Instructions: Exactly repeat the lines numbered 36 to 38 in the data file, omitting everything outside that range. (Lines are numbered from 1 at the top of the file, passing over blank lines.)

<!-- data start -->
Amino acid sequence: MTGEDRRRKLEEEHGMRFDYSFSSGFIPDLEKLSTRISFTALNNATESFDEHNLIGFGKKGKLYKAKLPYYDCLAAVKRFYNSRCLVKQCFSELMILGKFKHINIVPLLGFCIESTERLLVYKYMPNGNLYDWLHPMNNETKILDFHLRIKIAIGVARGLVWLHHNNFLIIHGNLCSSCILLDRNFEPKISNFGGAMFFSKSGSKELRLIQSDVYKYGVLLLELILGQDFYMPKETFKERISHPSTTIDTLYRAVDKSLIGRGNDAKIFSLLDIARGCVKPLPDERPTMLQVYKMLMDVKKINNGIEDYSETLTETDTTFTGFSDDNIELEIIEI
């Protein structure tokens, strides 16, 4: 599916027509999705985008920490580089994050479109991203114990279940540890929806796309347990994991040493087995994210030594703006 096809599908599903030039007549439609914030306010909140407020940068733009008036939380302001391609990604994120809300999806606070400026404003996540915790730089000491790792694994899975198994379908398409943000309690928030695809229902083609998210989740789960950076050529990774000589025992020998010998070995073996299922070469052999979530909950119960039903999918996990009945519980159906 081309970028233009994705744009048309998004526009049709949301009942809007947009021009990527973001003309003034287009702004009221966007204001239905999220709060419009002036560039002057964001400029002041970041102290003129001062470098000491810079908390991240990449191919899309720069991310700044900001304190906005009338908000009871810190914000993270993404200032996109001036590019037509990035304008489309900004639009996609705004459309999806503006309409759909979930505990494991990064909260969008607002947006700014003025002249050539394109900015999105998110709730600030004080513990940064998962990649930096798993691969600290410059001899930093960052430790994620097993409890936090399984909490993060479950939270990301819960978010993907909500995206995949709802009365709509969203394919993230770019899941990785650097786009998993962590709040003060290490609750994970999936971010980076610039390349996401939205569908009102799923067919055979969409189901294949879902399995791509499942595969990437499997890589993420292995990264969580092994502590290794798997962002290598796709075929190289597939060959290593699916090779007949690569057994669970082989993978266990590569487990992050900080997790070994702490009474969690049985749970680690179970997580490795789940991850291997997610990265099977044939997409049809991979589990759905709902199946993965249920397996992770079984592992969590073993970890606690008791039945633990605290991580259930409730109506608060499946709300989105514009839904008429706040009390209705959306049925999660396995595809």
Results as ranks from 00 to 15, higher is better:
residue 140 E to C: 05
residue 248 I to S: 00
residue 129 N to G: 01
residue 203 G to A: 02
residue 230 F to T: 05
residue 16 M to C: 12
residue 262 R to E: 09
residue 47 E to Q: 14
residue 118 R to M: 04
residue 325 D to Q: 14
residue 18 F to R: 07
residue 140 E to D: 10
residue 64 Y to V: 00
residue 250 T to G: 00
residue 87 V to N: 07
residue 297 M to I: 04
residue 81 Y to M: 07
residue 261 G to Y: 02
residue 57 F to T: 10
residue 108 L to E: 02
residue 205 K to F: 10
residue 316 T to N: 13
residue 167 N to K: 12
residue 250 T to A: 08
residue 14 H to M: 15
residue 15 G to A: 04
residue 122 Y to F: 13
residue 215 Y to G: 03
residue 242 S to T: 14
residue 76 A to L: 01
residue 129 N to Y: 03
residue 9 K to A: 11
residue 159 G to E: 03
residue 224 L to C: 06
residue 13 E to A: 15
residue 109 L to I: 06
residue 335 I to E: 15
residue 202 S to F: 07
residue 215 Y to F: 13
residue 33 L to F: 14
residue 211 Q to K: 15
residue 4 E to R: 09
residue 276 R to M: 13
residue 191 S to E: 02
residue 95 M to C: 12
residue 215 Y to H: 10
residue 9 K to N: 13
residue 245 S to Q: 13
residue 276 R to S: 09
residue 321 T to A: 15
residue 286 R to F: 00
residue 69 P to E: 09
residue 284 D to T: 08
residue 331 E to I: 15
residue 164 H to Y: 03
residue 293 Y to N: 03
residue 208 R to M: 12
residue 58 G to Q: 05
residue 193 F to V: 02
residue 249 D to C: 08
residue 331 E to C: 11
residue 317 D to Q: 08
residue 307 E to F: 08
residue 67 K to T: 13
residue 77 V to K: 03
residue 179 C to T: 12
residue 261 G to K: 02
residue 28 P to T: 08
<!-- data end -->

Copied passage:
residue 159 G to E: 03
residue 224 L to C: 06
residue 13 E to A: 15